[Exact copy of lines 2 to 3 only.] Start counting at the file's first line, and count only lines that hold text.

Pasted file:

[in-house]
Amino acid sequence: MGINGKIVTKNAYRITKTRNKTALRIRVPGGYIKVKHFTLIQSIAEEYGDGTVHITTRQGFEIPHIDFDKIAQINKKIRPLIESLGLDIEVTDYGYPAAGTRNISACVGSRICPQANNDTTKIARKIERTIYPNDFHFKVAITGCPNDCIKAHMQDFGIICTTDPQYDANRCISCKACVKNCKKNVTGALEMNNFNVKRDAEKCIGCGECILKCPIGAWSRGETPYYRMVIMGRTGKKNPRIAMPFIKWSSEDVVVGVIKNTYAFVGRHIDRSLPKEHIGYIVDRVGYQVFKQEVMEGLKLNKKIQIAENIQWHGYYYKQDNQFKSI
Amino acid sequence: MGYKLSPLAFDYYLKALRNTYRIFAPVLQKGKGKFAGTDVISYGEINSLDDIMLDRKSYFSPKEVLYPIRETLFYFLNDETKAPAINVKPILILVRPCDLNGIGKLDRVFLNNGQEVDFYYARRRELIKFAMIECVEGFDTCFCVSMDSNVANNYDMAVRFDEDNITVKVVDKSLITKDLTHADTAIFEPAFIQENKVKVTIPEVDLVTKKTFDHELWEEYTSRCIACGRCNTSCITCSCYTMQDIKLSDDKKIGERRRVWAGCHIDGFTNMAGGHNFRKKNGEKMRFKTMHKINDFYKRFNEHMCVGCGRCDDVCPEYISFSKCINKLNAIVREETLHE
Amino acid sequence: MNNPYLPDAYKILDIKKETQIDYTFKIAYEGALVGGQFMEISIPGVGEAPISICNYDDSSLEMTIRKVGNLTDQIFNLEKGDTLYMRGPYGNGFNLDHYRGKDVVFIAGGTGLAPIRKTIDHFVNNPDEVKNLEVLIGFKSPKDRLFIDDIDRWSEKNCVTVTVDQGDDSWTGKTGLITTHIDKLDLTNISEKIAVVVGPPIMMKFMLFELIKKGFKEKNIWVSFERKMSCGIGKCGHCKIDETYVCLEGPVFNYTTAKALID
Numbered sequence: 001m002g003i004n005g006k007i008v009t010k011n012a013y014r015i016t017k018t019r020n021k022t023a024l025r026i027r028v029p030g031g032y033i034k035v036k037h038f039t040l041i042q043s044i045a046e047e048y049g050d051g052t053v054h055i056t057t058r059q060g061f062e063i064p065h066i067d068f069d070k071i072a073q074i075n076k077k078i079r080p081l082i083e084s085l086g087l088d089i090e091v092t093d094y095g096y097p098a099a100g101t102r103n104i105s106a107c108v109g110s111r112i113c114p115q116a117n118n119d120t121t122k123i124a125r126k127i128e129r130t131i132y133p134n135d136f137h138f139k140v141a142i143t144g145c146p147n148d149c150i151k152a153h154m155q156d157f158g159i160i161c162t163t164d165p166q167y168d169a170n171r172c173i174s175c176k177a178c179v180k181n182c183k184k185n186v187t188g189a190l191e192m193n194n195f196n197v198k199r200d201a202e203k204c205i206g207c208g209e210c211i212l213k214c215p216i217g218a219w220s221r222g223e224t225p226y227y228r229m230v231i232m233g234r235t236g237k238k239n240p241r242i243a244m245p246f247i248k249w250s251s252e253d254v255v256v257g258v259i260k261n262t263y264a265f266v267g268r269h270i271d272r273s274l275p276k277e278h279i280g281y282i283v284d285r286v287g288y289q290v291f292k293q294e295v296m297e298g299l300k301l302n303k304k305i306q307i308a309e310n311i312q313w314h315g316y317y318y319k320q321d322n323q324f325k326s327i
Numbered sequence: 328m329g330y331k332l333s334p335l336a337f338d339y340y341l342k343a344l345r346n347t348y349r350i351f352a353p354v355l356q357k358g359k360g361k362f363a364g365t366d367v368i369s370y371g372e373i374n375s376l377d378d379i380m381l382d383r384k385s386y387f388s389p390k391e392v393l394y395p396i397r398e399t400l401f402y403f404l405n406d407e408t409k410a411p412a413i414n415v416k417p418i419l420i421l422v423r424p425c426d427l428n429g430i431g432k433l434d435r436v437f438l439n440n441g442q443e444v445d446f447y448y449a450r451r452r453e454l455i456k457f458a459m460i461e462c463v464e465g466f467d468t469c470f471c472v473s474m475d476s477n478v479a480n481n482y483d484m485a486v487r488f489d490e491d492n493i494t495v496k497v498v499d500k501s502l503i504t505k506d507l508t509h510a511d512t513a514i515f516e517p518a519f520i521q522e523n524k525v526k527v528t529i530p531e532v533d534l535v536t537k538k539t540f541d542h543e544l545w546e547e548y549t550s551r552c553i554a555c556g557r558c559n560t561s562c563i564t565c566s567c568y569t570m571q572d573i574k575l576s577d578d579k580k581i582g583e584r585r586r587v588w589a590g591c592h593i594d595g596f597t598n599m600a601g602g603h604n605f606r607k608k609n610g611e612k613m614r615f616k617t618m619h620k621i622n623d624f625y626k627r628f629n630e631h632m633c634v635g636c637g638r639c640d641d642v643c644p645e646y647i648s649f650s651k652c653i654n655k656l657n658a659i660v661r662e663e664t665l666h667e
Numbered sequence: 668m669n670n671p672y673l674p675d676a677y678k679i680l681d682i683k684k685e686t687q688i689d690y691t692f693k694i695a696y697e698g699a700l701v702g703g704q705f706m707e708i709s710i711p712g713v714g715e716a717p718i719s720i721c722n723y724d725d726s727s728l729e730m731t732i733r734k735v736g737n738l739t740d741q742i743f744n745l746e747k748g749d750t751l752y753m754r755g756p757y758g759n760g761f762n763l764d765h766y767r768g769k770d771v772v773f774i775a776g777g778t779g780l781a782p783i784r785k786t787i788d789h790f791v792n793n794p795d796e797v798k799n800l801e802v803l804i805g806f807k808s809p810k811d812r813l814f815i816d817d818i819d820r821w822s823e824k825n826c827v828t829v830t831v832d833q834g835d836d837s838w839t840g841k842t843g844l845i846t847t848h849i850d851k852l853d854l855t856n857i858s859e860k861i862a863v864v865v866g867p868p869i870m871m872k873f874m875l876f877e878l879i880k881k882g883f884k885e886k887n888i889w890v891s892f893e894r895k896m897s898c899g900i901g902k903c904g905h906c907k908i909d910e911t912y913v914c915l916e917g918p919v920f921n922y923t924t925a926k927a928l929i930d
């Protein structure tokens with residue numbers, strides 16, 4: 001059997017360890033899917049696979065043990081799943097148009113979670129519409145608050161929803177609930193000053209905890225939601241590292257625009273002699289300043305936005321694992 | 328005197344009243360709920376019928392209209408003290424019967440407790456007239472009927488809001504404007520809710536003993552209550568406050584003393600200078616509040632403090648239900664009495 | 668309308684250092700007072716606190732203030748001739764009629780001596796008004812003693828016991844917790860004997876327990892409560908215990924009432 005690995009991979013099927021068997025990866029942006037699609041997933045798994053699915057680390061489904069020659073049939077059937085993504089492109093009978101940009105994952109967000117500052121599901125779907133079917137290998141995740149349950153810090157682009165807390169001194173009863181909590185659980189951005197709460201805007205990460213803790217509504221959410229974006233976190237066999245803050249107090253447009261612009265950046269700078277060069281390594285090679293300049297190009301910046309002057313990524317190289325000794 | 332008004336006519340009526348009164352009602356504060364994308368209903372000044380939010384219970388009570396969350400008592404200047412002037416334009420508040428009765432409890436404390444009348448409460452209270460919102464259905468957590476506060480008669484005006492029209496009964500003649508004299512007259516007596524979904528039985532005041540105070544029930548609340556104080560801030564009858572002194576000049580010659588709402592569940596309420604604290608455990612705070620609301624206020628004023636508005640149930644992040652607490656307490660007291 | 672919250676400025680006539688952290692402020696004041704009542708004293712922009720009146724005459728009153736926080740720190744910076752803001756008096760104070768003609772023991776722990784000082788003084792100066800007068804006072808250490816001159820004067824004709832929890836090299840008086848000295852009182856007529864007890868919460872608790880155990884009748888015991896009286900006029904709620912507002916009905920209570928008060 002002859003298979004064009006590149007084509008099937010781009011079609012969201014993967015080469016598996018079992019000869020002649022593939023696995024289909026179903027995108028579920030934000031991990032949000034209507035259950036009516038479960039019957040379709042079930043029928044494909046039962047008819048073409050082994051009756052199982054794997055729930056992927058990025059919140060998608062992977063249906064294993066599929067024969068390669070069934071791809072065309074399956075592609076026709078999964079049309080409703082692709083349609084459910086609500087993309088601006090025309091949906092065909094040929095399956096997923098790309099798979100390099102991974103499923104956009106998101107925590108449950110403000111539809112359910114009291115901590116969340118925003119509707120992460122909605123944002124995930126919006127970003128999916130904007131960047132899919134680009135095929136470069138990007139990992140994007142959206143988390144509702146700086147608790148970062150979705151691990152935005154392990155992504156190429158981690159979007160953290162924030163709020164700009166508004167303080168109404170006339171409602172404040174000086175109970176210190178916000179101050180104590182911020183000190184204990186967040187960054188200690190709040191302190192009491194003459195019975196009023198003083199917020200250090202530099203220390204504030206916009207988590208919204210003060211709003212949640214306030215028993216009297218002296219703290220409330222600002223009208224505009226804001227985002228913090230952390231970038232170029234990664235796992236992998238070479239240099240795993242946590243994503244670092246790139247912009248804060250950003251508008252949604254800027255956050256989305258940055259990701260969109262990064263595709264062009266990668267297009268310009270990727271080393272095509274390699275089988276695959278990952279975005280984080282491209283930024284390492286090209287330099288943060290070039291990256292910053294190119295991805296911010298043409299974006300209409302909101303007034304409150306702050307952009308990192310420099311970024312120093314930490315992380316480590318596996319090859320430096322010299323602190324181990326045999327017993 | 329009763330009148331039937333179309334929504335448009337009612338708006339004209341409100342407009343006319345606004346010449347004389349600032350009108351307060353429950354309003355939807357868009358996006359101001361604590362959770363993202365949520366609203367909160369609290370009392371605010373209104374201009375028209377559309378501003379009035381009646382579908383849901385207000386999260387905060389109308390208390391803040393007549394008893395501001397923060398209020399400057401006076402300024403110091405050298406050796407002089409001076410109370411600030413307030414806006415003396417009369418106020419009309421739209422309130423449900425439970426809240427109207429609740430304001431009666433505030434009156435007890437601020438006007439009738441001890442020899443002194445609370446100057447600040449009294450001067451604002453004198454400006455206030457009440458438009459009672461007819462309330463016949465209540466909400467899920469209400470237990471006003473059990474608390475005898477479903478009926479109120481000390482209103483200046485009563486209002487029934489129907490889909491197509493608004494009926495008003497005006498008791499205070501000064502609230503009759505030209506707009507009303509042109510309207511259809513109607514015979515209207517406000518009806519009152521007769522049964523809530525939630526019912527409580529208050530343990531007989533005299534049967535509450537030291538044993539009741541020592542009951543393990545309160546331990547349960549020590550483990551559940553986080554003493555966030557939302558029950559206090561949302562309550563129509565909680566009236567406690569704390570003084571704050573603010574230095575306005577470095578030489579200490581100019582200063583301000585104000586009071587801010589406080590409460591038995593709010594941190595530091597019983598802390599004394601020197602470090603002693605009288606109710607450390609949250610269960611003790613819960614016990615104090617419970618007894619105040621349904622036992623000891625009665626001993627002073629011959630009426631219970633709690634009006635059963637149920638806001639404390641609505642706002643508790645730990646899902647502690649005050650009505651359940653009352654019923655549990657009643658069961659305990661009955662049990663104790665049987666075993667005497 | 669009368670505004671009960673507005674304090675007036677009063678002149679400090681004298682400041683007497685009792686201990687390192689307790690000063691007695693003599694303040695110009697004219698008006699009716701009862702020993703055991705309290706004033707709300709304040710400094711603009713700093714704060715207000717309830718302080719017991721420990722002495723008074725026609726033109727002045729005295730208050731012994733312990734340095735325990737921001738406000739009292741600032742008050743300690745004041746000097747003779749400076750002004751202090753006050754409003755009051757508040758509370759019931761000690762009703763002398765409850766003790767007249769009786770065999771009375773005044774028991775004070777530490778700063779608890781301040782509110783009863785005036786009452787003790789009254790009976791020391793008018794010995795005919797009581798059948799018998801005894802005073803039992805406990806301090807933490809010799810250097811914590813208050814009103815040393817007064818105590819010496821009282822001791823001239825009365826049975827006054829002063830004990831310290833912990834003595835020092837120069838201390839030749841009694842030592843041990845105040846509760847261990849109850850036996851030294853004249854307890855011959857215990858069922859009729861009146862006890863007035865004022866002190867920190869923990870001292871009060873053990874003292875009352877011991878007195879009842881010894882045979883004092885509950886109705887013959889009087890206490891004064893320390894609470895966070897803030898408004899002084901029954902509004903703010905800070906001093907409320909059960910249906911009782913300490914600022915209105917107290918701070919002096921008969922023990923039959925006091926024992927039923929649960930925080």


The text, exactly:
Amino acid sequence: MGINGKIVTKNAYRITKTRNKTALRIRVPGGYIKVKHFTLIQSIAEEYGDGTVHITTRQGFEIPHIDFDKIAQINKKIRPLIESLGLDIEVTDYGYPAAGTRNISACVGSRICPQANNDTTKIARKIERTIYPNDFHFKVAITGCPNDCIKAHMQDFGIICTTDPQYDANRCISCKACVKNCKKNVTGALEMNNFNVKRDAEKCIGCGECILKCPIGAWSRGETPYYRMVIMGRTGKKNPRIAMPFIKWSSEDVVVGVIKNTYAFVGRHIDRSLPKEHIGYIVDRVGYQVFKQEVMEGLKLNKKIQIAENIQWHGYYYKQDNQFKSI
Amino acid sequence: MGYKLSPLAFDYYLKALRNTYRIFAPVLQKGKGKFAGTDVISYGEINSLDDIMLDRKSYFSPKEVLYPIRETLFYFLNDETKAPAINVKPILILVRPCDLNGIGKLDRVFLNNGQEVDFYYARRRELIKFAMIECVEGFDTCFCVSMDSNVANNYDMAVRFDEDNITVKVVDKSLITKDLTHADTAIFEPAFIQENKVKVTIPEVDLVTKKTFDHELWEEYTSRCIACGRCNTSCITCSCYTMQDIKLSDDKKIGERRRVWAGCHIDGFTNMAGGHNFRKKNGEKMRFKTMHKINDFYKRFNEHMCVGCGRCDDVCPEYISFSKCINKLNAIVREETLHE